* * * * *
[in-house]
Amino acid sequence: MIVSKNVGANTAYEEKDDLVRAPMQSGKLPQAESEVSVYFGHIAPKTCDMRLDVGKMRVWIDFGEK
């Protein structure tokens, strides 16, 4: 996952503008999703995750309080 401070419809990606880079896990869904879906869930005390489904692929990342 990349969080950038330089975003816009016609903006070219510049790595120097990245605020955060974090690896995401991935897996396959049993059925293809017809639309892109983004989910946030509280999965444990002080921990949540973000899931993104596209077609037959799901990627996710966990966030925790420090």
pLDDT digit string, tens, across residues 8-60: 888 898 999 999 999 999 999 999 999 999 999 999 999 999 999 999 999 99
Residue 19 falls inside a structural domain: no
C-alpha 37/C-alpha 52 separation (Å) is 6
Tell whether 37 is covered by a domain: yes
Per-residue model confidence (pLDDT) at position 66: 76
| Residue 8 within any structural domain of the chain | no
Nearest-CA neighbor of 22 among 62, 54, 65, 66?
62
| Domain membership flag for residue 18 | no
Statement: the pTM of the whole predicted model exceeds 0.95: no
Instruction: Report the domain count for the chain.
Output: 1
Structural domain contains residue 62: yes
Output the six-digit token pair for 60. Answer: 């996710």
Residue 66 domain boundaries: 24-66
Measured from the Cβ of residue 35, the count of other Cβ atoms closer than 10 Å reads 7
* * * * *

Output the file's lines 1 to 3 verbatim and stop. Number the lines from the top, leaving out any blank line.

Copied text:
[in-house]
Amino acid sequence: MIVSKNVGANTAYEEKDDLVRAPMQSGKLPQAESEVSVYFGHIAPKTCDMRLDVGKMRVWIDFGEK
């Protein structure tokens, strides 16, 4: 996952503008999703995750309080 401070419809990606880079896990869904879906869930005390489904692929990342 990349969080950038330089975003816009016609903006070219510049790595120097990245605020955060974090690896995401991935897996396959049993059925293809017809639309892109983004989910946030509280999965444990002080921990949540973000899931993104596209077609037959799901990627996710966990966030925790420090």